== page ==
What can we do to regain the trust of our society?

Theologian Rick Morley explains that this week’s gospel shows us what we must do. As Jesus responds to those who doubt him, Morley says that Jesus “has to earn their trust. He can’t just get it right there and then. He has to keep going. He has to keep teaching. He has to keep changing people’s lives. He has to die on the cross. He has to rise again.”[ii]

So, if we want to become more trustworthy, we need to do what we do best: We need to be the church, even when those we hope to serve don’t see us as very God-like.

Morley suggests several ways that we might look to the example of Jesus to regain society’s trust. First, he says we need to fall on our knees in humility. “We have to make it clear that we have made horrific mistakes in the distant past, and in the not-too-distant past,” he says. “And, this wave of humility and repentance can’t just be a once-and-done thing. We need to repeat over and over again that while we’re an institution with divine aspirations, we are a human institution which has failed, continues to fail, and will fail again.”[iii] This was also done at our General Convention this last week, when the House of Bishop’s presented a “Liturgy of Listening”, a service of lament and confession centered on stories of sexual abuse and exploitation in the Episcopal Church.[iv]

Second, we need to remember Who we represent—in every encounter. Morley says, “Before we open our mouths or make a bad decision, we need to remember that when we look bad, we made God look bad.”[v]

I think we also need to dare to act like the Church. What does that mean? I think it means keeping our focus, always, on the way of love. Love of neighbor; love of the outcast; love of family; love of God. In a culture that most often places self above everything else, we must practice a love that is selfless. We needn’t worry that we will be unloved, though—the primary byproduct of love is love!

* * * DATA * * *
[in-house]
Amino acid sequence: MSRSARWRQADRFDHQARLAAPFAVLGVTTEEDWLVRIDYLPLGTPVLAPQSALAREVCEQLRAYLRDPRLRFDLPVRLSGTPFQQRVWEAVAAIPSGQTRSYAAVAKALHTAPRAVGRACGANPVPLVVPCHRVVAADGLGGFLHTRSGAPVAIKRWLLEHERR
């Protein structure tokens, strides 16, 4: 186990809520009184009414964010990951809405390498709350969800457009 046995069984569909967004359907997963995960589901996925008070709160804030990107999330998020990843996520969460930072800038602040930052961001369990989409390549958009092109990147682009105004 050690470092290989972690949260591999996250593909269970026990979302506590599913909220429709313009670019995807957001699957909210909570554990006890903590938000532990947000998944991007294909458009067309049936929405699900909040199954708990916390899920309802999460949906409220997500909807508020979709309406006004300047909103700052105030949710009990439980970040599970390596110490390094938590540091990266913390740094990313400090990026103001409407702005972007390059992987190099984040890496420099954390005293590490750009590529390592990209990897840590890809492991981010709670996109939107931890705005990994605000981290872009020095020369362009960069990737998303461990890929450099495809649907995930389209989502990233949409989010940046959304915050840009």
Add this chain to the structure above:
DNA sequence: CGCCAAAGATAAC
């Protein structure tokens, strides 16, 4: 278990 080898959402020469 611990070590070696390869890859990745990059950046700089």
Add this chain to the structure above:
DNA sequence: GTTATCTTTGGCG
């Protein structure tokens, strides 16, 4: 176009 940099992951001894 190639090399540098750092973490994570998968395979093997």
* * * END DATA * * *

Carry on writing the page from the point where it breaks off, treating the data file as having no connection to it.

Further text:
I think we also need to become more aware of the baggage we carry. As I wrote in the introductory blurb in today’s insert, I became intrigued this week when I studied the gospel, by the idea that when Jesus talks of traveling light, perhaps he is also talking about the emotional baggage we so often feel burdened by. This collection of past hurts and tangible fears and unrealized dreams is important—these things are real, and they not only need to be understood and soothed but also appreciated for the ways they have made us stronger and more empathetic. But they also often inhibit us. They make it harder to focus on love.

Is it possible that you may be inhibiting God’s work in the world? Are you putting up resistance to God’s activity in your life? Is there some area—some regret you can’t get over, some grudge you can’t let go, some hurt that has come to define you, some addiction that imprisons you, some anger that has taken hold of you—that you are having difficulty entrusting to God? Or is there some opportunity that God might be inviting you to, or some challenge God may be setting for you that you find difficult to embrace or entertain?[vi]

Bishop Curry has something to say about this too. In a paraphrase of the words of Archbishop Desmond Tutu, he has reminded us: “By himself, God won’t. By ourselves, we can’t. But, together with God, we can and we will.”

Let us pray:

God, our church is composed of people like me. I help make it what it is.  It will be friendly, if I am. It will do great work, if I work. It will make generous gifts to many causes, if I am a generous giver. It will bring other people into its worship and fellowship, if I invite and bring them.  It will be a church where people grow in faith and serve you, if I am open to such growth and service. It will be trustworthy, if I focus on love for others, and reflect your glory. Therefore, with your help Lord, we dedicate ourselves to the task of being all the things you want your church to be. We dedicate ourselves to the Way of Love. Amen.[vii]

[i] https://www.episcopalnewsservice.org/2018/07/05/presiding-bishop-urges-episcopalians-to-embrace-way-of-love-for-spiritual-growth/, accessed 07/02/2018.

[ii] Morley, Rick. http://www.rickmorley.com/archives/1747, accessed 06/29/2015

[iii] Ibid.

[iv] https://www.episcopalnewsservice.org/2018/07/05/bishops-lament-and-confess-the-churchs-role-in-sexual-harassment-exploitation-and-abuse/, accessed 07/07/2018.

[v] Morley, op cit.

[vi] Lose, David. http://www.workingpreacher.org/craft.aspx?post=1620, accessed 06/29/2015.

[vii] Ibid. (paraphrased)